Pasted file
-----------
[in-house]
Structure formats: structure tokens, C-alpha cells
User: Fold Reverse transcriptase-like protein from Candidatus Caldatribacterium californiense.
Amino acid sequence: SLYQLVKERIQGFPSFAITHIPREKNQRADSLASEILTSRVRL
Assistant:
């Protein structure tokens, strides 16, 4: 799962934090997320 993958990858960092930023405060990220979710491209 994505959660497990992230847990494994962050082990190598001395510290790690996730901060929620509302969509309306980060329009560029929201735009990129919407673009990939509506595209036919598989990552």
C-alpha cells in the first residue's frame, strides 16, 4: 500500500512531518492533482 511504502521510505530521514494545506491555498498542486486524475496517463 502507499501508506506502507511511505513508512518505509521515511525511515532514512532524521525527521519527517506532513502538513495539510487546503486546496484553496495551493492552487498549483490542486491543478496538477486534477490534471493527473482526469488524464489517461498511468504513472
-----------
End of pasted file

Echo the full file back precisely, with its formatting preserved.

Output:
[in-house]
Structure formats: structure tokens, C-alpha cells
User: Fold Reverse transcriptase-like protein from Candidatus Caldatribacterium californiense.
Amino acid sequence: SLYQLVKERIQGFPSFAITHIPREKNQRADSLASEILTSRVRL
Assistant:
């Protein structure tokens, strides 16, 4: 799962934090997320 993958990858960092930023405060990220979710491209 994505959660497990992230847990494994962050082990190598001395510290790690996730901060929620509302969509309306980060329009560029929201735009990129919407673009990939509506595209036919598989990552």
C-alpha cells in the first residue's frame, strides 16, 4: 500500500512531518492533482 511504502521510505530521514494545506491555498498542486486524475496517463 502507499501508506506502507511511505513508512518505509521515511525511515532514512532524521525527521519527517506532513502538513495539510487546503486546496484553496495551493492552487498549483490542486491543478496538477486534477490534471493527473482526469488524464489517461498511468504513472